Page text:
In May of 2018, the Supreme Court overruled a law that placed a federal ban on sports betting. This decision has given each state the power to legalize online and in-person sports betting.
Michigan tends to be a more progressive state, being one of the first to legalize an online lottery system, as well as recreational marijuana use. To no surprise, the Great Lakes State already has legislation drafted in regards to legalized sports betting.
Is Sports Betting Legal in Michigan?
No. Sports betting is currently not legal in Michigan. Last year Governor Snyder had a chance to legalize Michigan sports betting but vetoed the bill on one of his last days in office. Brant Iden, the bill sponsor, proposed similar legislation in 2019 with the hope of getting sports wagering legalized before the end of 2019.
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Michigan Sports Betting Bill
Brandt Iden introduced his Lawful Internet Gaming Act bill in 2018. Former Governor Rick Snyder vetoed the bill with fear that iGaming will hurt iLottery sales, which is taxed at a higher rate. That bill was slated to bring sports betting to the state's 25 casinos, the three Detroit-based casinos as well as 22 tribal casinos.
The new bill, HB 4311 would legalize online poker, sports wagering at casinos, and online casino games (blackjack, slots, etc.) in Michigan. The bill would also allow the division to grant licenses to accept online sports wagers on any amateur or professional sporting event or contest. If passed internet gaming and sports betting would most likely be overseen by the Michigan Gaming Control Board.
Iden’s bill would have a tax rate of eight percent of revenue, charging an additional 1.25 percent to an internet gaming operator that holds a casino license. Tax revenue would be distributed as follows; 30% to the city in which the internet gaming licensee's casino is located, 55% to the state fund, 5% to the state school aid fund, 5% to the Michigan transportation fund, and 5% to the Michigan agriculture engine industry development fund.
Internet gaming operators would pay a license fee of $200,000, with a $100,000 renewal each following year.
Would the bill legalize online betting in Michigan?
Yes, Iden’s sports betting legislation would allow online sports wagers to be accepted in the state of Michigan. The language in the bill would allow approved operators to accept bets from a mobile device.
Would the bill legalize online poker?
Yes, the bill would legalize online poker in Michigan.
Would the bill legalize online horse wagering?
No, the bill would not legalize online horse wagering. It is not currently legal to wager on horses online in Michigan.
Michigan Online Gambling FAQ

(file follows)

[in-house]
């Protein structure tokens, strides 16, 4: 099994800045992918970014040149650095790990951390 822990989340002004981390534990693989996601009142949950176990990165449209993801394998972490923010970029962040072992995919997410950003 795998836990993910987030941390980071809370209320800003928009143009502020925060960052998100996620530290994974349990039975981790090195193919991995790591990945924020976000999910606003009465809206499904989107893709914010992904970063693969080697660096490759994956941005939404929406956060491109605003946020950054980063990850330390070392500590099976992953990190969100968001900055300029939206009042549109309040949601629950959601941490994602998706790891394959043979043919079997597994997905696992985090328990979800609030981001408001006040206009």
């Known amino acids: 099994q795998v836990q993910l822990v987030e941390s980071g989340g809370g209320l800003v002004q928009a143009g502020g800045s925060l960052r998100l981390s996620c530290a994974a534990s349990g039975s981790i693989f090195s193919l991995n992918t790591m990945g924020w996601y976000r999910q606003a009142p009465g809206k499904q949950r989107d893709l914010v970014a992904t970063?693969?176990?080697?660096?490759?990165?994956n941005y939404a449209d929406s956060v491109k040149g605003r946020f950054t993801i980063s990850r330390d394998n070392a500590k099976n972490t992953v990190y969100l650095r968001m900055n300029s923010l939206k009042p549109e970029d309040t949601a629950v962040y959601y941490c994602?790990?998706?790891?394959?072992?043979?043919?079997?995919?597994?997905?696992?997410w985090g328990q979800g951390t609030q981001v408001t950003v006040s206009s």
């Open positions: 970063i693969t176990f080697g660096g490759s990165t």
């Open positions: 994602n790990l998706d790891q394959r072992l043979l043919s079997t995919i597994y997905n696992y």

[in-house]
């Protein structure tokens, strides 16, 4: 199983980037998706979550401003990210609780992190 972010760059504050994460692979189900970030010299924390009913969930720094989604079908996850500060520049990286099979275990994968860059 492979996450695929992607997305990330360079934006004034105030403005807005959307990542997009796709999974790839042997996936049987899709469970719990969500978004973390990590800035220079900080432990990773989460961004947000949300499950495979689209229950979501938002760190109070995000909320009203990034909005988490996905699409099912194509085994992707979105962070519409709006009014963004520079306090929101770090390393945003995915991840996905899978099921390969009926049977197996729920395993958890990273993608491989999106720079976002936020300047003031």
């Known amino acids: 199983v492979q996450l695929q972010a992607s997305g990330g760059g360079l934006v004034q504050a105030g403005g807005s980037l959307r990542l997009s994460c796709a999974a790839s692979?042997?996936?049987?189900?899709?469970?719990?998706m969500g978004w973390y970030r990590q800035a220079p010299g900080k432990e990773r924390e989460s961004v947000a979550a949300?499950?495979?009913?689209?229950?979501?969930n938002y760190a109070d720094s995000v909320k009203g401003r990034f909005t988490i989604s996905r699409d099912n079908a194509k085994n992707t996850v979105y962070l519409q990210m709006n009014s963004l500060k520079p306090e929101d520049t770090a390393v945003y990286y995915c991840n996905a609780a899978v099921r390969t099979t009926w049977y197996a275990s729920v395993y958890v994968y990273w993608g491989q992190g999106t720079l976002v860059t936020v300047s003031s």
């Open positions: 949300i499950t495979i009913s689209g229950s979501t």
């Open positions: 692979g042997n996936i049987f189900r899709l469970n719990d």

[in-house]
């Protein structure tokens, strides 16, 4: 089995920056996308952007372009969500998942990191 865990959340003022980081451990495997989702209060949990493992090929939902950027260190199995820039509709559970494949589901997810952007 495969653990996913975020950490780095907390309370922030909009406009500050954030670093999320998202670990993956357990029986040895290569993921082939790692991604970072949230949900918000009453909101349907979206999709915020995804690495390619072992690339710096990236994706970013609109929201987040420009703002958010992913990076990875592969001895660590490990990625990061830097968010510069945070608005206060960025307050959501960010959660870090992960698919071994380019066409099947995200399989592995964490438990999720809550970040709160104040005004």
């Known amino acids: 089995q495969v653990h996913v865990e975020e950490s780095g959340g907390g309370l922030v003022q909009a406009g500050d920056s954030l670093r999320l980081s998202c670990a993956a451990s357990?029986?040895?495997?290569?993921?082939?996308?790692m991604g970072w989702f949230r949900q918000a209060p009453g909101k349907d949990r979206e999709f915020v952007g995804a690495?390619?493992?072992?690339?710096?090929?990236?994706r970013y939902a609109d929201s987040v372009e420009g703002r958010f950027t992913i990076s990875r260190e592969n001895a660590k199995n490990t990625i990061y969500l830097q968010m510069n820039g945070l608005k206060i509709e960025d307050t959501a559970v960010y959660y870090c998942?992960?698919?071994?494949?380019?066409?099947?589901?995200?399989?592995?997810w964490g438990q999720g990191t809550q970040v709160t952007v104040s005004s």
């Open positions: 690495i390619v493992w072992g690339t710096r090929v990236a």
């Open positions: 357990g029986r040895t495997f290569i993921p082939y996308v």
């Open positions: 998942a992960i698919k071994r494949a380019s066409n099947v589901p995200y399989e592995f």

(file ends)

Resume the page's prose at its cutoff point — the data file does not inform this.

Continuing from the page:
Michigan has been a historically progressive state, legalizing medicinal and recreational marijuana, as well as being one of six states with an online lottery system. Sports wagers legislation aside, there other forms of gambling available to residents of the Great Lakes State.
What is the legal gambling age in Michigan?
Residents must be 18 to purchase lottery tickets or go to tribal casinos, and 21 to go to Greektown, MGM, or Motor City casinos in Detroit.
Are daily fantasy sports legal in Michigan?
Daily Fantasy Sports, or DFS, is a cross between fantasy football and legalized gambling. On a broad level, DFS contests are a subsection of fantasy sports. Players compete against their friends, or more often strangers to build a team of professional athletes under a given salary cap, and try and to outscore their opponents. Daily fantasy sports differ from traditional fantasy sports by having contests that last for an evening or the weekend, as opposed to having the same team for months.
Are offshore sportsbooks legal in Michigan?
No, offshore sportsbooks such as Bovada are not legal in Michigan. Offshore sportsbooks do accept residents of Michigan as clients. Although BettingBuck always recommends betting with legal sportsbooks, we do review a handful of offshore sites like Bovada, 5Dimes, and MyBookie.
Does Michigan have an online lottery?
Yes, the Michigan Lottery offers residents dozens of legal online slots, including instant, draw, fast cash, pull tab, keno, and second chance games.
Where does the Michigan lottery money go?
Each lottery dollar is distributed as follows, and can also be seen here: 62¢ to prizes for players, 26¢ to the School Aid Fund, 9¢ to commissions for vendors and retailers, and 3¢ for the Lottery’s ongoing operations and administrative costs. In 2018, $941 million was donated to schools.
How many casinos are there in Michigan?
There are currently 25 casinos throughout the Great Lakes State. Believe it or not, Michigan used to be strict in regards to legal gambling, evident by the fact that the first Detroit casinos didn't arrive until 1999. Today MGM, Motor City, and Greektown operate as the three Detroit-based casinos regulated by the state. There are also 22 tribal casinos throughout the state.